NHS England has revealed further details of the ‘intensive’ access support programme that will be offered to the worst-performing GP practices.
As part of the GP access plan announced earlier this month, ICSs must identify and submit a list of the 20% of practices in their area with the lowest levels of face-to-face appointments by 28 October to face ‘immediate’ action.
The plan said that the 200 GP practices with the worst access will face an ‘intensive and accelerated’ programme to ‘help them reduce waits’ and ‘increase the number of appointments offered each day’, including face-to-face appointments.
It comes after NHS England confirmed that some practices needing access ‘support’ will not be eligible for the GP winter access funding.
New NHS England guidance sent to systems this week and seen by Pulse said that support from the intensive ‘access improvement programme’ (AIP) will last approximately 24 weeks.
It said that the AIP would create a ‘practice-level improvement plan’ with ‘evidence-based interventions’ to help practices achieve ‘at least’ pre-pandemic activity levels, excluding Covid vaccinations.
The plan will also aim to increase overall appointment levels, as well as the proportion of face-to-face appointments delivered by GPs, it added.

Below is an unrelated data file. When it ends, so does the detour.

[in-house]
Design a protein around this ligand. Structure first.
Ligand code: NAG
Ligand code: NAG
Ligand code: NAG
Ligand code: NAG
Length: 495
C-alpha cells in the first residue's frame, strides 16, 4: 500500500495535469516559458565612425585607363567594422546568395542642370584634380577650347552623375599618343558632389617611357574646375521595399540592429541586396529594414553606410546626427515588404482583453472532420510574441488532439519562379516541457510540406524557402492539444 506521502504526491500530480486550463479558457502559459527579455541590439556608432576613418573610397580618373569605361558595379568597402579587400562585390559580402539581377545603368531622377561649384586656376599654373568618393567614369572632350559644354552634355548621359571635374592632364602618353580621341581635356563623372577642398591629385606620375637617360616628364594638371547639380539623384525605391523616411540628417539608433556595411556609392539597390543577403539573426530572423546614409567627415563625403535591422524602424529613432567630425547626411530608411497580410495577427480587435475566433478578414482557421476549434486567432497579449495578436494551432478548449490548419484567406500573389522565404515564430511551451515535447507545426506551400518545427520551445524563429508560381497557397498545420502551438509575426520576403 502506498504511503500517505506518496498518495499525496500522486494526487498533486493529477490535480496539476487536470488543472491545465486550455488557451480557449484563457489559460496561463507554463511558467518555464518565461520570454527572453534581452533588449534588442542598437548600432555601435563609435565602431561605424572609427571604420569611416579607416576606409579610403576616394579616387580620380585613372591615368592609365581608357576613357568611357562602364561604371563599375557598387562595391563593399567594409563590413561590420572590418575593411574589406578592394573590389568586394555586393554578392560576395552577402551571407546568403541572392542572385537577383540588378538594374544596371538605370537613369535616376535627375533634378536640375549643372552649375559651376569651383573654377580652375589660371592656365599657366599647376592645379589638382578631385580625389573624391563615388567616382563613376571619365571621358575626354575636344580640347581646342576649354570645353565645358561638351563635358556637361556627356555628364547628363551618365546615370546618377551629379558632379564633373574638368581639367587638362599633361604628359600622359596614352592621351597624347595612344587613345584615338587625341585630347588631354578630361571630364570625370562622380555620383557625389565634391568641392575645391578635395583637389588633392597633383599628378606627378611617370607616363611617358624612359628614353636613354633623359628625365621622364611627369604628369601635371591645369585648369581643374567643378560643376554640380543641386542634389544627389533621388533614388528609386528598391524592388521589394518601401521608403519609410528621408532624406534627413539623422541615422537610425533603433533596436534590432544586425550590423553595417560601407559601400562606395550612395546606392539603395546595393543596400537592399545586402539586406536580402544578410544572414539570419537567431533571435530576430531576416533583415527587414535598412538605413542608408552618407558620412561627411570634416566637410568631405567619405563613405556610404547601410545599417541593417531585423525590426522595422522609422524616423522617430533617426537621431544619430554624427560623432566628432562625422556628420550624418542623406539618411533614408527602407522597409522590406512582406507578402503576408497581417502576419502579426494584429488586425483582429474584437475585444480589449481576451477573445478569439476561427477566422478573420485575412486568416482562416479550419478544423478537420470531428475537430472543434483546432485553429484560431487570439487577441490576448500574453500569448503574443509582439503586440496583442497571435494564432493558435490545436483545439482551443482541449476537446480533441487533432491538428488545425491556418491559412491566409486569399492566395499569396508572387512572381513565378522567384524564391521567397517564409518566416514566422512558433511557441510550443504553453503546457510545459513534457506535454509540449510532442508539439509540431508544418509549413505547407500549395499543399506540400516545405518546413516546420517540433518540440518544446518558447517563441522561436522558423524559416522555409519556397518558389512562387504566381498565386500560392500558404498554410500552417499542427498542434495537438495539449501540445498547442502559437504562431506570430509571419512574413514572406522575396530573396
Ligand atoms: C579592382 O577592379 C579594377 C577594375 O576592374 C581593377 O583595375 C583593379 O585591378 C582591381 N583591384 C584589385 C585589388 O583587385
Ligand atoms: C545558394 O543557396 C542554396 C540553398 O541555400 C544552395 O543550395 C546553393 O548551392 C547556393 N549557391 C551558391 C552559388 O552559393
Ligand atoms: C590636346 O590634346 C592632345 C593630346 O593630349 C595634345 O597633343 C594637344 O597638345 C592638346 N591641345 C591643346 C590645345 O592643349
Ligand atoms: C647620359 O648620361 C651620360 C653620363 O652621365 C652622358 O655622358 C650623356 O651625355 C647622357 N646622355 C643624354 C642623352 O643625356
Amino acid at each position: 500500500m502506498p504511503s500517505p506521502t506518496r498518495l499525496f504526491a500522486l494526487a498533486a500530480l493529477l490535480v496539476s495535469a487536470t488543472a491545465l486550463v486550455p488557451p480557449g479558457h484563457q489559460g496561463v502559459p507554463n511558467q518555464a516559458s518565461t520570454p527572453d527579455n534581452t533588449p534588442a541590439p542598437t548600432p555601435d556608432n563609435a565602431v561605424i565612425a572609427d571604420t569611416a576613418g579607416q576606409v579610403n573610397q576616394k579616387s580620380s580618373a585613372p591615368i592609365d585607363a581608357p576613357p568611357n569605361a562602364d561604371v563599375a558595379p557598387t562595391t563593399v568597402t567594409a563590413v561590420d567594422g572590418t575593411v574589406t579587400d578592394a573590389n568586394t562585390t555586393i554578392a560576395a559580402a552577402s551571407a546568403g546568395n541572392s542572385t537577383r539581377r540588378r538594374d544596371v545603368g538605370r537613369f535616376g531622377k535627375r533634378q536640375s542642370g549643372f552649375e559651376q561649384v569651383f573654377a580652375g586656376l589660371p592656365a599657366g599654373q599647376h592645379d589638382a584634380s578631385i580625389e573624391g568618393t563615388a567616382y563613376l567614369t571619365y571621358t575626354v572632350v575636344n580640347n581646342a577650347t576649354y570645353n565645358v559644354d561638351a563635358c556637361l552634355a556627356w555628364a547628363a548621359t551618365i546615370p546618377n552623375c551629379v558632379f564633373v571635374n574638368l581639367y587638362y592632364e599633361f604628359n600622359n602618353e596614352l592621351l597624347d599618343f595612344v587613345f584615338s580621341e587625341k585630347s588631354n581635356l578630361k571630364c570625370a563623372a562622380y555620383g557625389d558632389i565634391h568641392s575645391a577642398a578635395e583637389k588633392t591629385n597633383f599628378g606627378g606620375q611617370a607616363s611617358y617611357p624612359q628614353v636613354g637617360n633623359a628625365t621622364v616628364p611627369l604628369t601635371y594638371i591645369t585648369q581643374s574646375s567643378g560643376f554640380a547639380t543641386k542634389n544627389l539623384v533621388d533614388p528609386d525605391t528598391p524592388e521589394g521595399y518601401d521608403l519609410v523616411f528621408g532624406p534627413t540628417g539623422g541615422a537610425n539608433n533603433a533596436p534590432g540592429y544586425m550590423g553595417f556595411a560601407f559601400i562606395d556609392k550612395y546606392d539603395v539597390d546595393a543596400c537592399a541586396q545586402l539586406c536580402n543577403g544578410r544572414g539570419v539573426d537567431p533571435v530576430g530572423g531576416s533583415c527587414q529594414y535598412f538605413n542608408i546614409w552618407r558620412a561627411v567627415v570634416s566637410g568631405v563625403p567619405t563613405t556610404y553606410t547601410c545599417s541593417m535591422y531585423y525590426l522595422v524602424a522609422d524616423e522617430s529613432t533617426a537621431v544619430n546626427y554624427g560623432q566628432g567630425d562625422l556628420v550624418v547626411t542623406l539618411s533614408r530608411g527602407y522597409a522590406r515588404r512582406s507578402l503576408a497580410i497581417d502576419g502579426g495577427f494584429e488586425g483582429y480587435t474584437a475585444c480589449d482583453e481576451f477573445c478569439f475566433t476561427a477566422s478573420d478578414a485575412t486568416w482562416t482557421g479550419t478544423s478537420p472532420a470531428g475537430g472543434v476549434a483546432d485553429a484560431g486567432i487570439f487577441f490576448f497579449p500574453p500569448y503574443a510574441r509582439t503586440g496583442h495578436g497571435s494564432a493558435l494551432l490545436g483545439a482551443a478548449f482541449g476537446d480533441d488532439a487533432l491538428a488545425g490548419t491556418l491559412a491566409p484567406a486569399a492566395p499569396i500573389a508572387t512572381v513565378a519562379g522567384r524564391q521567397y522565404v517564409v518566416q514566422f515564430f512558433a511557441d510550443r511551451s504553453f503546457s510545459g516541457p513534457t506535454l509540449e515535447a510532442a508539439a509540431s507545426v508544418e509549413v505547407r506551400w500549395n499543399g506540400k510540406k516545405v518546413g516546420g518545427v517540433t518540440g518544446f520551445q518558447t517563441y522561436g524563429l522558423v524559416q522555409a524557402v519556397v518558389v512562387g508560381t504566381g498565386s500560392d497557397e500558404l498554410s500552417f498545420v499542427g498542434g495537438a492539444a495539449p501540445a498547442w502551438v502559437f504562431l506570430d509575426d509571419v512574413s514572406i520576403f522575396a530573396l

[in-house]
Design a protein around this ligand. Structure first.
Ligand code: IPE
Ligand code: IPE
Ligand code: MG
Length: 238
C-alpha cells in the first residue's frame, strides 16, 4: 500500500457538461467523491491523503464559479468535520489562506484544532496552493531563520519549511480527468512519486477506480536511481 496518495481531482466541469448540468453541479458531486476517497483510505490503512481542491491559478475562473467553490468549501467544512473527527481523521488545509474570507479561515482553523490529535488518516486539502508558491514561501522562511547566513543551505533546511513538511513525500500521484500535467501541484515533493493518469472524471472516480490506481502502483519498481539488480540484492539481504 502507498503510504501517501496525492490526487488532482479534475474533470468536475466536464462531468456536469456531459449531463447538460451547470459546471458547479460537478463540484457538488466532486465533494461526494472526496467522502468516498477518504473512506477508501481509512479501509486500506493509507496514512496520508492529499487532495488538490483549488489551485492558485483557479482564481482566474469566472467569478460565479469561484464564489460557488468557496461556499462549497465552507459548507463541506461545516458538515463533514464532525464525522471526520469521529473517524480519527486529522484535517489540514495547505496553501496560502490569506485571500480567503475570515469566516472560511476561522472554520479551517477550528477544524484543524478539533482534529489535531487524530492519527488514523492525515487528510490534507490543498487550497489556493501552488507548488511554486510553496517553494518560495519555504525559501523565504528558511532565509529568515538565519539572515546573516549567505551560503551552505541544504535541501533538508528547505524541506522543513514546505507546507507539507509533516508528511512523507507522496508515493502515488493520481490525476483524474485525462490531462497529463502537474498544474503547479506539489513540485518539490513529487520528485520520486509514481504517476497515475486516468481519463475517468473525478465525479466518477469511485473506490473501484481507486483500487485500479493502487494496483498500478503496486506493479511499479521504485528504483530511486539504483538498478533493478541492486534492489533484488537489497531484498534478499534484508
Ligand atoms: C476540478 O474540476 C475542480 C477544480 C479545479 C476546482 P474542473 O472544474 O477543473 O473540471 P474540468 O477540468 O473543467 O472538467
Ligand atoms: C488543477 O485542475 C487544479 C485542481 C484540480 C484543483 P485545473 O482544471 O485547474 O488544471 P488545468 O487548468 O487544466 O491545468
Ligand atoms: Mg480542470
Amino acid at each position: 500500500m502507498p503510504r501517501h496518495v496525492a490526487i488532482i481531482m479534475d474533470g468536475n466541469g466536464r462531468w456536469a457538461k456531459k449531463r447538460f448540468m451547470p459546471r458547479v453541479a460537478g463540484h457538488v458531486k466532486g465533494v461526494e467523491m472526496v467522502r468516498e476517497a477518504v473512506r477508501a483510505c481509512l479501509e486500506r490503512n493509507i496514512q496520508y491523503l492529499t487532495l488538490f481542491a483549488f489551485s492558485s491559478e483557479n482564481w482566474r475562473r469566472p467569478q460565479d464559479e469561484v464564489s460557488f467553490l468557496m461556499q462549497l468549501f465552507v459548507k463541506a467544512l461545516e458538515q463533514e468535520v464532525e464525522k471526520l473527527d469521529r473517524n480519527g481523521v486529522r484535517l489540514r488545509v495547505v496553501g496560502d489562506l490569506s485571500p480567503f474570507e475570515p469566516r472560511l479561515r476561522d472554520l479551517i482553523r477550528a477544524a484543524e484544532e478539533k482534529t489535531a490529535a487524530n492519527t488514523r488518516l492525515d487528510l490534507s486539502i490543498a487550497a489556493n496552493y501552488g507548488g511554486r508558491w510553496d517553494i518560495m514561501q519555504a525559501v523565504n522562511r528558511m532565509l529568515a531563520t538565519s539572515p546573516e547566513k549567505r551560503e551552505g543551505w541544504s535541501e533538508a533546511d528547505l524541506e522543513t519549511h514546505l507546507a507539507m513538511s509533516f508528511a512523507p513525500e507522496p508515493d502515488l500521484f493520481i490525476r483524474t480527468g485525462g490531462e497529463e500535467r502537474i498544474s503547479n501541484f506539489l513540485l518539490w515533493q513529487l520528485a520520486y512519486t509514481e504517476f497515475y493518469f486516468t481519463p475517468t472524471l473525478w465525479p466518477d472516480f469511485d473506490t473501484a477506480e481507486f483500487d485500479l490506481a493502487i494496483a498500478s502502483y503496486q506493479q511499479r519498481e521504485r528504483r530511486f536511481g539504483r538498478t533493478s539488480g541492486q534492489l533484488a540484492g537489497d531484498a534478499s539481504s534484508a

It said: ‘Development advisers will bring to bear the combined expertise and resources of NHSE/I’s primary care improvement, primary care workforce, digital-first primary care and NHSX teams in assembling tailored practice support to accelerate improvement’.
These ‘development advisers’ will have a ‘rapid high-level discussion’ with the primary care network (PCN) clinical director and a nominated practice lead ‘where asked’ to ‘confirm practice suitability and readiness’ for the intensive programme, it added.
They will set out ‘expectations for practice participation including time inputs and reporting requirements’ and this will ‘require rapid turnaround to meet the national timescales’, the guidance said.
Practices will need to confirm their ‘commitment’ to the programme via a ‘simple agreement’ document, it added.
The guidance also confirmed that practices identified for the AIP may also be able to access support via the £250 winter access fund.
However, it said that some of the worst-performing practices needing access ‘support’ will not be eligible for the GP winter access funding.
A version of this story first appeared on our sister title, Pulse.